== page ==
What are the pros/cons of foods containing sugar for my cat?
Excessive sugar isn’t good for any animal–or person, for that matter.
First of all, cats are strict meat-eaters and they can’t digest any carbohydrate efficiently so they’ll suffer from a lack of nutrition if fed sugar-laden foods. Cats, therefore, don’t even have much of a taste for sweets and will often turn up their noses at the sweet stuff.
Most important, cats absolutely must have the essential amino acid, taurine to avoid a deficiency that can result in severe health problems. Taurine can’t be produced in the cat’s body, so it needs to rely on diet, and taurine is only found in meat and fish.
One of the biggest problems with pets today is the obesity epidemic. Obese cats are more prone to diabetes, so controlling your cat’s weight is important.
While diabetes certainly is not a death sentence, it does require careful management. One of the components of management is diet. Follow your veterinarian’s guidelines for what to feed your cat. While some cats need a high-fiber, high-carbohydrate diet, others need a low-carbohydrate diet. In all cases, however, you are going to want to feed your cat low glycemic foods, which are digested slower than high glycemic foods. This slow digestion means that an animal eating low glycemic carbohydrates will feel fuller for longer, and the blood sugar levels will remain more stable.This is an obvious advantage for weight loss and diabetes.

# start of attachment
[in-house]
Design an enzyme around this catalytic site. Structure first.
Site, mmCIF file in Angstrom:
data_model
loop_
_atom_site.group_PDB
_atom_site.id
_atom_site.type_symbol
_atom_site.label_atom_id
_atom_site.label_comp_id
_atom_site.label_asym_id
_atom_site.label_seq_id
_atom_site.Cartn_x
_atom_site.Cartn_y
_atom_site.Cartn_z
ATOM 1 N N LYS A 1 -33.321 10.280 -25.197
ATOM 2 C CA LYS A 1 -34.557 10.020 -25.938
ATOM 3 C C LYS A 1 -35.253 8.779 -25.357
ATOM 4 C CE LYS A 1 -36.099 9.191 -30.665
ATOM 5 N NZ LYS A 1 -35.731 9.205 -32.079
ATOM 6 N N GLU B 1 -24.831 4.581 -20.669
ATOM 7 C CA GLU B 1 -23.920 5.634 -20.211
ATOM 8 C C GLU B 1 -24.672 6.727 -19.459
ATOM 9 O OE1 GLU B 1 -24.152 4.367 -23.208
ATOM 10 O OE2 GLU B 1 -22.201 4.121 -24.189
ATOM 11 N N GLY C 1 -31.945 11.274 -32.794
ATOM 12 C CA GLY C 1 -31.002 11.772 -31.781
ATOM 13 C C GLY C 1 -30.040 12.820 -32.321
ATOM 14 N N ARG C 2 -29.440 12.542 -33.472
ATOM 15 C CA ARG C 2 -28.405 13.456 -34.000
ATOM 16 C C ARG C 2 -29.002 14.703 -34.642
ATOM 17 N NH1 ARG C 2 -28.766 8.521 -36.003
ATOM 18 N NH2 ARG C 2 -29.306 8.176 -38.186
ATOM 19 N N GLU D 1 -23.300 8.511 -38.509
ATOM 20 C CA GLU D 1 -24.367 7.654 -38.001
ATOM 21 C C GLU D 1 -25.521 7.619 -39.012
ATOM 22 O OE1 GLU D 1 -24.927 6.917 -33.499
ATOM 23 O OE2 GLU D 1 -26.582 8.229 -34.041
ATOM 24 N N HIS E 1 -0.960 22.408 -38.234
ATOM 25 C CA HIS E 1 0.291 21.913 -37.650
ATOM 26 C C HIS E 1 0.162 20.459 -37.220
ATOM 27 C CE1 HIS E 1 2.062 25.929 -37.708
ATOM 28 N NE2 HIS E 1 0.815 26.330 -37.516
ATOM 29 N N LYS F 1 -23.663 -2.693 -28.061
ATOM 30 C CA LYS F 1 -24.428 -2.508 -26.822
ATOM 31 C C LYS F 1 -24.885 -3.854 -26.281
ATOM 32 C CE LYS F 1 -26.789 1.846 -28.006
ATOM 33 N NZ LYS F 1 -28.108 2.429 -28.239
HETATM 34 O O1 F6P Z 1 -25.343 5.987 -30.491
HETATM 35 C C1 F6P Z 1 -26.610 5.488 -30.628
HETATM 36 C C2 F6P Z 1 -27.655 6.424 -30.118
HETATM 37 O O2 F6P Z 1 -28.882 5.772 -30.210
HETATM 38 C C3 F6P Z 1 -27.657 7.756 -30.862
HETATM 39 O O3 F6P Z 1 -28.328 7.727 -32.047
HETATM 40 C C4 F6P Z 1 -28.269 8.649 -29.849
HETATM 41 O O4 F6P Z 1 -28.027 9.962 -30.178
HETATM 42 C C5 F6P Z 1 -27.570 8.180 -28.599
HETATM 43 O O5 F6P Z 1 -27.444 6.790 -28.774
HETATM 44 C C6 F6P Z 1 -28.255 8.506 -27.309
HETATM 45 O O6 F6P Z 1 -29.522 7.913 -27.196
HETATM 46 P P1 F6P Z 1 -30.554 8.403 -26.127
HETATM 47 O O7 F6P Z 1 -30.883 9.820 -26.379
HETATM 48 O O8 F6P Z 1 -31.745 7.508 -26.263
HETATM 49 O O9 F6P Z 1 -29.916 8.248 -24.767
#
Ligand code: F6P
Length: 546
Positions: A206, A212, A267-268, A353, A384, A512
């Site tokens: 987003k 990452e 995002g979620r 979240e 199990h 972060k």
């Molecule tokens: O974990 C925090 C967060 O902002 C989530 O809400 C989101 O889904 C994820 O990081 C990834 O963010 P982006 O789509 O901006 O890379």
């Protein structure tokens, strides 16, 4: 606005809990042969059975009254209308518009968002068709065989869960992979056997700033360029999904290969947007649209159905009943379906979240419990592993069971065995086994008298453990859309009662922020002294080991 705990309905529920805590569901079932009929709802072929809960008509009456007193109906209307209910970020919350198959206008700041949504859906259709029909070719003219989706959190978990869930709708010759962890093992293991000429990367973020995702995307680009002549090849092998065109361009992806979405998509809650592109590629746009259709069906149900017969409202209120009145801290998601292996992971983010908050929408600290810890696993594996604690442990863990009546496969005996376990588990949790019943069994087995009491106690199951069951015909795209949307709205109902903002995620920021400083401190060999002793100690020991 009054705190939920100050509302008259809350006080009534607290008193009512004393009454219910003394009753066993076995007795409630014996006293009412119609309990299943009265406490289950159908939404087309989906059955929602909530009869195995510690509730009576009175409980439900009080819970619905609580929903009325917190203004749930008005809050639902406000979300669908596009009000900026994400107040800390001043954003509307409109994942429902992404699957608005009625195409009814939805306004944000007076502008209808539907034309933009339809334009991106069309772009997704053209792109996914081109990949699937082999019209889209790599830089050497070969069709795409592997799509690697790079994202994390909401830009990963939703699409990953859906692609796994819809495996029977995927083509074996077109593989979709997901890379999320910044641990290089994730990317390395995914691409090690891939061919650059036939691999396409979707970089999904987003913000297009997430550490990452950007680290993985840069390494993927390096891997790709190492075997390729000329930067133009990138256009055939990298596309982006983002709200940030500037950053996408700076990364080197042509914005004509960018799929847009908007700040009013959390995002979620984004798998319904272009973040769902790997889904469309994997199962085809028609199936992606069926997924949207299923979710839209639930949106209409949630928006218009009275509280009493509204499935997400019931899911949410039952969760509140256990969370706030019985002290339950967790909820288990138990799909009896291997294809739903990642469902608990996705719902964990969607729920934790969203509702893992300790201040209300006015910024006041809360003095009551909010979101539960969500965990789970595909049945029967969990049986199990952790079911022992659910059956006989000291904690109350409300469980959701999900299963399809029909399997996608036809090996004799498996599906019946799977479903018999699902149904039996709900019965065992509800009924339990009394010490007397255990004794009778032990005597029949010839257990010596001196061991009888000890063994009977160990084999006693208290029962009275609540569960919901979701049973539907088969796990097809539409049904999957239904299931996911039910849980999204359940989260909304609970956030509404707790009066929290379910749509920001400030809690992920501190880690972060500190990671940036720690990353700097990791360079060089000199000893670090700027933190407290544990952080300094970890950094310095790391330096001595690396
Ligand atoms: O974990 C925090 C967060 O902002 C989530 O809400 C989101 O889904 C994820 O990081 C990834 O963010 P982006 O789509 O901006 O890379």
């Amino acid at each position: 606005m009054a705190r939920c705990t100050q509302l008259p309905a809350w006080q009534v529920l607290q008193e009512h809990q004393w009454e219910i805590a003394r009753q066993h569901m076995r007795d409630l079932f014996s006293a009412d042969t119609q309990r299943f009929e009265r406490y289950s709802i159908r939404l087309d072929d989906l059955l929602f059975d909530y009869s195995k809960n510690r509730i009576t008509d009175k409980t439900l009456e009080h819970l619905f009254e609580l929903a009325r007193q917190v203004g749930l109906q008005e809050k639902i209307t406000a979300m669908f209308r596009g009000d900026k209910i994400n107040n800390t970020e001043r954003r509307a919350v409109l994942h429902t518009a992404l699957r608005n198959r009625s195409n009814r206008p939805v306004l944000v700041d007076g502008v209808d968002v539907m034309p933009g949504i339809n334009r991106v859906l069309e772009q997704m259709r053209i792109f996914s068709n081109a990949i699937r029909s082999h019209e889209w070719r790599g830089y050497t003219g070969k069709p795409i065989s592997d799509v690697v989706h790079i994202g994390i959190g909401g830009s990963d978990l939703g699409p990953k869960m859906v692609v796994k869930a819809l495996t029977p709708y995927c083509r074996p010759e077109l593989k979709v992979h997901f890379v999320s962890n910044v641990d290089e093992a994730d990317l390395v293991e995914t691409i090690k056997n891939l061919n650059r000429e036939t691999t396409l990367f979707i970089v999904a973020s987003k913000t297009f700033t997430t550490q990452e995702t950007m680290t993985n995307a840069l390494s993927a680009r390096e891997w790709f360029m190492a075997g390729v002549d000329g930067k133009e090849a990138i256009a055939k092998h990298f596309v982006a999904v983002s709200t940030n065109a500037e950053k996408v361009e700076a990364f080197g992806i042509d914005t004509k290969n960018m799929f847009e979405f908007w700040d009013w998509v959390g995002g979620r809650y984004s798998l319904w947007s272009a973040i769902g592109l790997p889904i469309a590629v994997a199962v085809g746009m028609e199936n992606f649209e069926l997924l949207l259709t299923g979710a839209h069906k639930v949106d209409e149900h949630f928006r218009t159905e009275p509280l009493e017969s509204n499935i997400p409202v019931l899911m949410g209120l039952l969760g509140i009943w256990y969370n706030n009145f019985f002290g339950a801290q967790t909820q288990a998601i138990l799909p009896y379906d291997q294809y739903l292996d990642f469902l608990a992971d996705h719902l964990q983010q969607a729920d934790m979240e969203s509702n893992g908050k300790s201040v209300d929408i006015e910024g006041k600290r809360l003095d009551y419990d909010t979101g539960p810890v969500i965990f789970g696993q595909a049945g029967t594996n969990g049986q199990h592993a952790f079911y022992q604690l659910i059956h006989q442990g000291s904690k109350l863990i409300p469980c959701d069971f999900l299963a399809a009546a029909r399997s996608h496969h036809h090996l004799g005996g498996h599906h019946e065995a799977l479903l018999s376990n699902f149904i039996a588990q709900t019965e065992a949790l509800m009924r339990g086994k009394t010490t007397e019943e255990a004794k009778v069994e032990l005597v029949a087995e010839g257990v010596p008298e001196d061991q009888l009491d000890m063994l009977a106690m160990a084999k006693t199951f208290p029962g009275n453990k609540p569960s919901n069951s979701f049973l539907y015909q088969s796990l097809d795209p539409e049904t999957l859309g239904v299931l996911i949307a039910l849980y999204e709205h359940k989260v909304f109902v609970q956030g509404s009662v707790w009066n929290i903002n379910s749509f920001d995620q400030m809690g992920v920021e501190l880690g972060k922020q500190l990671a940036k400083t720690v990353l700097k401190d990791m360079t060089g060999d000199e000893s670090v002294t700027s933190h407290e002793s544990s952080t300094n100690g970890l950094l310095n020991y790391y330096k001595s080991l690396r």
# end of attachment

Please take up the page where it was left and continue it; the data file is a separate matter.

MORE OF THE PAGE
The glycemic index (GI) is just a ranking of foods in order of how quickly they enter the bloodstream. Talk to your veterinarian for more information.
The other problem, although much less common, is hypoglycemia, or low blood sugar. Hypoglycemia is a serious medical emergency that can lead to death.
The cause of hypoglycemia can range from something as simple as not eating enough during the day, especially if the cat needs to balance insulin and blood sugar, to eating a lot of sugar which first raises blood sugar levels and then drops them far too low.
Symptoms in cats include sleepiness and inability to wake, glassy eyes, drooling, coughing, excessive meowing or crying. Sometimes, they’ll even get aggressive.
A hypoglycemic cat should be taken to the veterinary clinic for a thorough check up.